December 18, 2007

Mastering Control Systems

David Young ’08 discusses his experiences in Industrial Electronics and Control Systems

David Young ’08 (Bensalem, Pa.) is a Marquis Scholar who is pursuing a B.S. in electrical and computer engineering and an A.B. in computer science. He was a member of the Industrial Electronics and Control Systems course taught by Yih-Choung Yu, assistant professor of electrical and computer engineering. The following is a firsthand account of Young’s experiences in the course.

One of the required courses for senior electrical and computer engineering (ECE) students is “Industrial Electronics and Control Systems.” This is a very important course to cap an ECE major’s time at Lafayette. The class starts at a very abstract level detailing what a control system is and how it works. It focuses on designing and analyzing control algorithms to maintain various systems.

All of the class’s topics aim to introduce the student to control design and verification. In the class, students learn how to use MATLAB to simulate designs before implementation in a real application. A common application for a control system is a motor. There is more than just on and off for a motor, with proper control it can perform a variety of tasks. Position control and speed control are just two of the possibilities.

The final project in this class was to design a small scale, real world application for the motors that we had access to. Past and present projects include elevators, automatic door control, conveyer belts, and amusement park rides. My partner and I chose to use our motor as the basis for a candle dipper.

Candle dipping is an arduous task by hand. The wax must be melted and maintained at the appropriate temperature. Then, the wick must be dipped into the wax and pulled out and allowed to cool. This process is repeated as the wax builds up layer by layer. Our project has the motor handle the monotonous task of dipping the wick into the wax over and over. Sensors above the wax will cut the system off when the candle has reached optimal size. This is a perfect replica of how large scale production would occur.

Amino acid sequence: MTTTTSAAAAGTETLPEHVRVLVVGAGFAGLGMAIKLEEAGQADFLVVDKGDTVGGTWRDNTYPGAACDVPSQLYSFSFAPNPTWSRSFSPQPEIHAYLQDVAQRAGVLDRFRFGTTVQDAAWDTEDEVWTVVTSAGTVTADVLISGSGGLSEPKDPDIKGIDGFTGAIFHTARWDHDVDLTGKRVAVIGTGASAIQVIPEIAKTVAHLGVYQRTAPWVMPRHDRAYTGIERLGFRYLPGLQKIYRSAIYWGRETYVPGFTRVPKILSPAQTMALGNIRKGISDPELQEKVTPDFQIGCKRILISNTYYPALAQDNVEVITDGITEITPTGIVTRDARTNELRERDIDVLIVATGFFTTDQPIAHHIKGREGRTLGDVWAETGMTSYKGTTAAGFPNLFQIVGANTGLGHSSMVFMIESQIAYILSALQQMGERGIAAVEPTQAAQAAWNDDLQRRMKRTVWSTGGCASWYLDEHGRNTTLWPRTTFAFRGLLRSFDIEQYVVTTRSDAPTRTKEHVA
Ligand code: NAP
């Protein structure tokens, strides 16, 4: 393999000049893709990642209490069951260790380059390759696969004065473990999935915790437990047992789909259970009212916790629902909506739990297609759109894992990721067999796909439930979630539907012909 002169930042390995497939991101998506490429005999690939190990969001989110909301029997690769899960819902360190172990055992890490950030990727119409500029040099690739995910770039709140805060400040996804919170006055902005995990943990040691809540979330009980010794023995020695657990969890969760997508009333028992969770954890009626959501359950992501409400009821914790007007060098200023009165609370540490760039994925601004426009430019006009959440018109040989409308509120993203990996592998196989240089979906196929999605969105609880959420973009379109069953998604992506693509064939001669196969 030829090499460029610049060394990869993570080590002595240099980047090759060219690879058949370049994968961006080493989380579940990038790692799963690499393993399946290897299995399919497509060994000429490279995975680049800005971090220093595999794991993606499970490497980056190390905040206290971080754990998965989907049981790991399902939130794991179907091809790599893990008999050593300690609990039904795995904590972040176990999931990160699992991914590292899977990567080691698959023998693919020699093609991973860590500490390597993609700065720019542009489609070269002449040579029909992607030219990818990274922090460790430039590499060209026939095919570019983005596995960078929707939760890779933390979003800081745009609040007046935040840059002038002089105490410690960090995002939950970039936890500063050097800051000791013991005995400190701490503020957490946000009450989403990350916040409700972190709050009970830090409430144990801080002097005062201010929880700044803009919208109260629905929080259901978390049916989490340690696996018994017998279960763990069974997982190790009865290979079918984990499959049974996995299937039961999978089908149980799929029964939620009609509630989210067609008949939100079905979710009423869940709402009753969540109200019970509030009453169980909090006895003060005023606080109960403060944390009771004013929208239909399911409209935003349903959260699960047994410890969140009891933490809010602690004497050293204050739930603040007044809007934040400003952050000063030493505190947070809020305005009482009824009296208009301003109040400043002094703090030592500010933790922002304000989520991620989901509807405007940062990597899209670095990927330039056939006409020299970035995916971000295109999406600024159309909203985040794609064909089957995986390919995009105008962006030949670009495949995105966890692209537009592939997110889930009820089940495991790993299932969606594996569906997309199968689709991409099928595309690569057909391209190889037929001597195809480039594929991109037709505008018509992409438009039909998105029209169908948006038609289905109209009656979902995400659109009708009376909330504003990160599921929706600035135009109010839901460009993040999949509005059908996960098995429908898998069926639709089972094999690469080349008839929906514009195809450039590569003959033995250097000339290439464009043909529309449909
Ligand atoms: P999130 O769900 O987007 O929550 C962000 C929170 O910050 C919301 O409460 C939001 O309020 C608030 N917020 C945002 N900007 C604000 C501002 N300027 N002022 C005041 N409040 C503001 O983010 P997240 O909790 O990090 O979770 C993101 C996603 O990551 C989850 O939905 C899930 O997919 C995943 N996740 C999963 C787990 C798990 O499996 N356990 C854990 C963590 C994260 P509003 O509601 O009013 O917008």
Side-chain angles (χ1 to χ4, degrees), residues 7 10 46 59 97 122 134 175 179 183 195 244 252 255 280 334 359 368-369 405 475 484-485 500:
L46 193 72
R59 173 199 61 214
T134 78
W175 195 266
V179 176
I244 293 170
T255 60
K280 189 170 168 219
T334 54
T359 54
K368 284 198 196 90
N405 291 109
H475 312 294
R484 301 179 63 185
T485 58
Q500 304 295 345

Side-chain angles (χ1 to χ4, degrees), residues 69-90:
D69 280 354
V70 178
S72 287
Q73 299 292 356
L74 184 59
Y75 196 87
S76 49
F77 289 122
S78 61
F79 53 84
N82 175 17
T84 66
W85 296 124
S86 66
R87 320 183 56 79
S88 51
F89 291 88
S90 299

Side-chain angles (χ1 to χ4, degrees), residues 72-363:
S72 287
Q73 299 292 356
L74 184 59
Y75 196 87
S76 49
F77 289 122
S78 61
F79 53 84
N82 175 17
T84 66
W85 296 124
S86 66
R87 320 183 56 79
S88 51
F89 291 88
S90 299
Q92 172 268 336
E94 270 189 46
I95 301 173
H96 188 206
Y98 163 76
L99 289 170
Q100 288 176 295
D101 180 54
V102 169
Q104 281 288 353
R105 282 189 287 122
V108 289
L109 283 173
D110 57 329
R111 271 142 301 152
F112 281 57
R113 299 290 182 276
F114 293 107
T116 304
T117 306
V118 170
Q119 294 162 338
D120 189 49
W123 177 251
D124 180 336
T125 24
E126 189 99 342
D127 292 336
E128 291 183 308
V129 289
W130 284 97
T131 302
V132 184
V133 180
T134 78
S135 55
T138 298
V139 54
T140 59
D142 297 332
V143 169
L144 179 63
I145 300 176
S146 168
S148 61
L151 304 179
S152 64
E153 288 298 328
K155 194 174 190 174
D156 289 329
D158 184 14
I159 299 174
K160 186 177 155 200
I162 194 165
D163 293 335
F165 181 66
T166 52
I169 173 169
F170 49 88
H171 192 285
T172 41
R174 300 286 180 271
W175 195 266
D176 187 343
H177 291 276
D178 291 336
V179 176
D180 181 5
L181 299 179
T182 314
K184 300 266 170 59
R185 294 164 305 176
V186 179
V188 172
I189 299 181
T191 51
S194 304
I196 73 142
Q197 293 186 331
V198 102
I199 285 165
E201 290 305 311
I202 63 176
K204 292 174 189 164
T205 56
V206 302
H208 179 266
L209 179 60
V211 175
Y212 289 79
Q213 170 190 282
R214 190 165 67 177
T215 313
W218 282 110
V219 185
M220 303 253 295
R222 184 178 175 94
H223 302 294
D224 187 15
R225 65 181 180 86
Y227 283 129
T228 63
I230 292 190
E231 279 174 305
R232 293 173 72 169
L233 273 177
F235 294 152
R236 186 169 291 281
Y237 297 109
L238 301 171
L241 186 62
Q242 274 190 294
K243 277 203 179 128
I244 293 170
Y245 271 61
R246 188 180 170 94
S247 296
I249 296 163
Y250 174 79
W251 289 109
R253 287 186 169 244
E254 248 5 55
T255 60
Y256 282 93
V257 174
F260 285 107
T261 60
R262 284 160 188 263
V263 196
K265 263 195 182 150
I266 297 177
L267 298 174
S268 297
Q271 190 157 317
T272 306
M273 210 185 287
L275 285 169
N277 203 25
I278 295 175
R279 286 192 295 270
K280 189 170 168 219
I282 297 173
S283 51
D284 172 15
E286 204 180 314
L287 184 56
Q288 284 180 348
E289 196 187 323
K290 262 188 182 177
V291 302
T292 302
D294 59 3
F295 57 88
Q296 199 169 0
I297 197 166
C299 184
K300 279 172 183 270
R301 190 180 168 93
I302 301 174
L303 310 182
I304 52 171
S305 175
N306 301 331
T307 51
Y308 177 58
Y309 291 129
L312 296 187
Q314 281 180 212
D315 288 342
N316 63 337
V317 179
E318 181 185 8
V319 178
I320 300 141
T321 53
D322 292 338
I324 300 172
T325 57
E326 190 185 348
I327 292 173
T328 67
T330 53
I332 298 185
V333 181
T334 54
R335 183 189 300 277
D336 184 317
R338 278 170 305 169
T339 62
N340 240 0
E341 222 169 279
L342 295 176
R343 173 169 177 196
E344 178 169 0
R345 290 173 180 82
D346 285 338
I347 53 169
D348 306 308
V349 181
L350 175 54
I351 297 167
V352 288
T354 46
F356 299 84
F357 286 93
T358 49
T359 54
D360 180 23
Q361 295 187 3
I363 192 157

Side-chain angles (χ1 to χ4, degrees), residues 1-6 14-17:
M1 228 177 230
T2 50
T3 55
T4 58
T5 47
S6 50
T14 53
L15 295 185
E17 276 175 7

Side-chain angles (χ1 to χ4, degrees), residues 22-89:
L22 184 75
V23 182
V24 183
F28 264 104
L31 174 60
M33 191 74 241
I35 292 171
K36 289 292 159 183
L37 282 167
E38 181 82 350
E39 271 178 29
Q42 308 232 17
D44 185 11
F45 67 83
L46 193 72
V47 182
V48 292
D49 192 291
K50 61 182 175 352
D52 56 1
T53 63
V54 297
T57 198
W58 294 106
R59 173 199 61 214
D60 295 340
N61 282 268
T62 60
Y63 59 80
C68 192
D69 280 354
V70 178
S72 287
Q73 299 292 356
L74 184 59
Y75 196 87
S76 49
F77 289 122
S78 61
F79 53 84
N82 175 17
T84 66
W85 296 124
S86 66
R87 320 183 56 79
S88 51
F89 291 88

The class sessions dealt with laying the foundations for analyzing similar problems as the project. We learned how to obtain a transfer function from a series of smaller transfer functions and feedback. We then took these transfer functions to analyze the systems for stability using Routh tables. We also obtained transient characteristics of the system such as settling and rise time.

Frequency analysis techniques were also introduced. These methods were much more useful to the real world, because these can be applied in analyses where the system that is to be controlled has unknown transfer functions.

This knowledge that we accrued through class and lab will enable us to tackle control systems of many types in industry. Control systems are needed almost everywhere. The other seniors in the class and I have become competent in both analysis and design of controls and will be prepared for projects in the future.

Young is a member of the Phi Kappa Psi fraternity and serves as its intramural chairman. He is a member of the Ultimate Frisbee team and general manager of the College radio station WJRH 104.9 FM. Young spent January 2007 in Austria and Germany taking a three-week interim-session course. He is working on an honors thesis involving crystal oscillator circuits with Todd Wey, assistant professor of electrical and computer engineering.

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